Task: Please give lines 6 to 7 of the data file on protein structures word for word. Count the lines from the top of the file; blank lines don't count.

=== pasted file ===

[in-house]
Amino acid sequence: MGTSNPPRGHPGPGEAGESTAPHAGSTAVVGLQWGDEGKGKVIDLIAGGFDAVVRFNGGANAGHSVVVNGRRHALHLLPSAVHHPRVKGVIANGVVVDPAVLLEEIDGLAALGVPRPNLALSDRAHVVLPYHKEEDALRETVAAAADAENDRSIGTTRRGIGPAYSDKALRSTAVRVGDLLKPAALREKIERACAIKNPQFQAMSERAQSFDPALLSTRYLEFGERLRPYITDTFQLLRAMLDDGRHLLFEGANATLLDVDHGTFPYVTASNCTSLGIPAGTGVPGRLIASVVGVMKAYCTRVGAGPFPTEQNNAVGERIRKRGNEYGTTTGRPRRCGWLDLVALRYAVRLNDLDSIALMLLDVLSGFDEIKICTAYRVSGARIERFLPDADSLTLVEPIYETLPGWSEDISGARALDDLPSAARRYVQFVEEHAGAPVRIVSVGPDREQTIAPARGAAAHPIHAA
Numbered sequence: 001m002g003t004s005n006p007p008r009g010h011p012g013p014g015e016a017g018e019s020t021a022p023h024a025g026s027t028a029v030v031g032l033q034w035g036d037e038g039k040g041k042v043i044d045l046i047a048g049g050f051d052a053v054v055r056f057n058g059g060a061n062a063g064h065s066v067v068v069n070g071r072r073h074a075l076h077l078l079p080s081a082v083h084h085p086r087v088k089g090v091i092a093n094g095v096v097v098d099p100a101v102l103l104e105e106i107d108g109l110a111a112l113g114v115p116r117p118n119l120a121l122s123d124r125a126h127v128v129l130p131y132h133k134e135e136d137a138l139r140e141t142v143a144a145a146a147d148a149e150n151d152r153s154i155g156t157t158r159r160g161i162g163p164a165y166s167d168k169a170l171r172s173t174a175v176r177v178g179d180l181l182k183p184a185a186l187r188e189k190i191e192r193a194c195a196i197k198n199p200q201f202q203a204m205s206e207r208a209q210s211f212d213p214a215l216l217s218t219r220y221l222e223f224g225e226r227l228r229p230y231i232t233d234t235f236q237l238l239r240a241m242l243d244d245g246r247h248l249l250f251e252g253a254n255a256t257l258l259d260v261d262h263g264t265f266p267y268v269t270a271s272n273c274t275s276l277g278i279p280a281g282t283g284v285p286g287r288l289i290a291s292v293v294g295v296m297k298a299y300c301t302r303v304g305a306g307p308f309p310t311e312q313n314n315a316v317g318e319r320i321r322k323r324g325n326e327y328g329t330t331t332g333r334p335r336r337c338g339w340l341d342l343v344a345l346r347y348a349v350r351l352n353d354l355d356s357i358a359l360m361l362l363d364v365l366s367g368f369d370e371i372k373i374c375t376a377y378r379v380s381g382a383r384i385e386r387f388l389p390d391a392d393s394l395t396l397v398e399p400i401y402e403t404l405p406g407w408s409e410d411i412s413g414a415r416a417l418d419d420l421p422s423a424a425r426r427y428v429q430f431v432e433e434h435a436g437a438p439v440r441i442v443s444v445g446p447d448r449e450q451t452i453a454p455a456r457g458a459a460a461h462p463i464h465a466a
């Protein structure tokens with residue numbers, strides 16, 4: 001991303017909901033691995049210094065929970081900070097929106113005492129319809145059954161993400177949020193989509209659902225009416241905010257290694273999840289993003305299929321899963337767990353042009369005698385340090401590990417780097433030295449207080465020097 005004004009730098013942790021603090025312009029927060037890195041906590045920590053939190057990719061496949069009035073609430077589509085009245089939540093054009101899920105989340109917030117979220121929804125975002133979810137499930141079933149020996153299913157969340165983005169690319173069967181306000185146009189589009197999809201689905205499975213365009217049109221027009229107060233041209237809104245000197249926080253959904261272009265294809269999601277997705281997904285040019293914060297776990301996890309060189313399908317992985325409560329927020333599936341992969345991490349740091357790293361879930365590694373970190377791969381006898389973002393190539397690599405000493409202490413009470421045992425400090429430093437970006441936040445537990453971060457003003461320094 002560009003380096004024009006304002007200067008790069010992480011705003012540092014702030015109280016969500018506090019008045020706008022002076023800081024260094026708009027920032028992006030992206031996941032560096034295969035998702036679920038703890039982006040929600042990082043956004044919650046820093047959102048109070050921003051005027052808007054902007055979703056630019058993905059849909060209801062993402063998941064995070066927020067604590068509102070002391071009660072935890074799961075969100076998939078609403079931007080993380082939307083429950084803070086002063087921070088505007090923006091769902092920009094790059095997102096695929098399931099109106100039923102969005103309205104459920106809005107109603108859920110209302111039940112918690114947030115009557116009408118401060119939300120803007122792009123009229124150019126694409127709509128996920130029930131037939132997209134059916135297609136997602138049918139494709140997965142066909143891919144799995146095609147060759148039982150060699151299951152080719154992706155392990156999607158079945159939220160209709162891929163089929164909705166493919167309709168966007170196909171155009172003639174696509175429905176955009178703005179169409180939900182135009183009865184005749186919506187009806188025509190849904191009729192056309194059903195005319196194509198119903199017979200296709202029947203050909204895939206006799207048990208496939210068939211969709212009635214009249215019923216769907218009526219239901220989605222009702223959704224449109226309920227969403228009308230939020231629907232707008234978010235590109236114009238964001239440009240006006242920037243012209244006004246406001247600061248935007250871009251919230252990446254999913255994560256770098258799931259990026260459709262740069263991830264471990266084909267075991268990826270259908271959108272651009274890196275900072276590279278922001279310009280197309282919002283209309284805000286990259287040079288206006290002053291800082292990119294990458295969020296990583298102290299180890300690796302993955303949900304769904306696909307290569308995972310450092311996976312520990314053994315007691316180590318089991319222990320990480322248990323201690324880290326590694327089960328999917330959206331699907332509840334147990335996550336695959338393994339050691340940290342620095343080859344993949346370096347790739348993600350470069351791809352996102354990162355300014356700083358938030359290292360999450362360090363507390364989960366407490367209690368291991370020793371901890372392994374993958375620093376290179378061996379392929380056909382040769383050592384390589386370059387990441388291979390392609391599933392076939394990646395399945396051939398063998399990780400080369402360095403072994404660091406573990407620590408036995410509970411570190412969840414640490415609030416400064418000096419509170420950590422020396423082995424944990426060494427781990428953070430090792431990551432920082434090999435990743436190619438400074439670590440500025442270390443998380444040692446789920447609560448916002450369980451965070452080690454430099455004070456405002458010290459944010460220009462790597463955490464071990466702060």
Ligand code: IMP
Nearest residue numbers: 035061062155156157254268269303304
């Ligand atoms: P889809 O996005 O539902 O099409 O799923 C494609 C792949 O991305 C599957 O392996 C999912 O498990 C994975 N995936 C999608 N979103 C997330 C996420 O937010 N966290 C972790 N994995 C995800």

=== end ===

Nearest residue numbers: 035061062155156157254268269303304
């Ligand atoms: P889809 O996005 O539902 O099409 O799923 C494609 C792949 O991305 C599957 O392996 C999912 O498990 C994975 N995936 C999608 N979103 C997330 C996420 O937010 N966290 C972790 N994995 C995800």